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Rental listing scams after a hurricane

If you, or someone you know, were displaced after Hurricane Florence or Michael, finding a new place to live is a priority. But before you pay any money, be cautious of rental listing scams. Scammers often advertise rentals that don’t exist to trick people into sending money before they find out the truth.

Blog Topics: 
Homes & Mortgages

Cybersecurity Resources for Non-Profits

Do you work for a charity or other non-profit? If so, you know that your organization collects all sorts of private information, including details about people you serve and financial information related to donors. Your own personal information, too, is probably in your organization’s employee records. Cyber criminals would love to get their hands on that data. You can help protect your organization using the information at FTC.gov/Cybersecurity.

Checking out your AMG check?

We told you last month about the $505 million in checks going back to 1.1 million people who got an online payday loan from a company affiliated with AMG Services. And we’ve heard from many of you that you got your check and cashed it. We’ve just heard, though, that scammers are trying to get into the act, using fake checks that look like the real one.

Blog Topics: 
Money & Credit

Smoking out bogus product claims

Quitting smoking and losing weight can be enormously challenging. In the quest to kick the habit or drop the pounds, you might be tempted by products promising miraculous results. But take a breath before you buy or try. Those ads could be exaggerations or outright lies that wind up costing you big.

College test prep scams are happening

Recently, we heard about scams targeting parents of high school students preparing for college. The scammers claim to be from The College Board – the organization responsible for the PSAT and SAT tests. They call or email you, asking for credit card numbers so they can send PSAT prep materials that the student has supposedly requested. Often the scammers have the student’s name, address and phone number – making them seem more believable. Except your student didn’t ask for materials, and it’s not this group calling.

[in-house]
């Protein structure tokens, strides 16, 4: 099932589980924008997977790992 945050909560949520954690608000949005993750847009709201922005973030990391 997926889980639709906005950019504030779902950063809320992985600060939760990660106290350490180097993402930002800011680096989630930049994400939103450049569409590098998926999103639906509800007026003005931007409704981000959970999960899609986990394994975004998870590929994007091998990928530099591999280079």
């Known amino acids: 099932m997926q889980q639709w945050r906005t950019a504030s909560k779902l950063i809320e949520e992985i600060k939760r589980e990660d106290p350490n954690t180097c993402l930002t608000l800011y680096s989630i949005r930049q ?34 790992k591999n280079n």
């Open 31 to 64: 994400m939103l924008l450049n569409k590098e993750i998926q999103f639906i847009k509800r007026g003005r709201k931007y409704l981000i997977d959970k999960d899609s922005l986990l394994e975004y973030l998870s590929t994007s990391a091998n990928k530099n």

Blog Topics: 
Money & Credit

Scams against older adults: reporting to Congress

You might have read media stories about older people losing lots of money to scams. It does happen – and FTC data show that when people over 80 report losing money, the amount they lose is a lot higher than the amount younger people lose. But that’s not the whole story. In fact, FTC data also show that people 60 and older are great at reporting the fraud they see – and can be great at avoiding it, too. Because, according to the FTC’s 2017 data, people 60+ are much more likely to report fraud than people in their 20s – but far less likely to say they lost money.

Blog Topics: 
Money & Credit

Cosmetic contact lenses without the Rx: scary!

Halloween is right around the corner. And if you’re looking to top off your costume by wearing cosmetic contact lenses, read on.

Blog Topics: 
Health & Fitness

Spread the word about charity fraud

This week, the FTC, the National Association of State Charities Officials (NASCO), and state charity regulators are joining forces with regulators from across the world to participate in the first International Charity Fraud Awareness Week.

It’s extremely important to raise awareness about charity scams to help ensure that donors’ hard-earned money goes to the worthy causes they seek to support, not to fraudsters. Would you help us spread the word? Here are a few things you can do this week:

Blog Topics: 
Money & Credit

Steering clear of vehicle history report scams

The FTC has been hearing about a new scam targeting people who are selling their cars online. They’re getting calls or texts from people who claim to be interested in buying the car – but first want to see a car history report. They ask the seller to get the report from a specific website, where the seller needs to enter some information and pay about $20 by credit card for the report. The seller then sends it to the supposed buyer but never hears back. Weird, huh? Well, it gets weirder.

FTC takes aim at deceptive stem cell therapy claims

People spend billions of dollars each year on health-related products and treatments that don’t deliver. People who buy them are cheated out of their money, their time, and even their health.

Blog Topics: 
Health & Fitness

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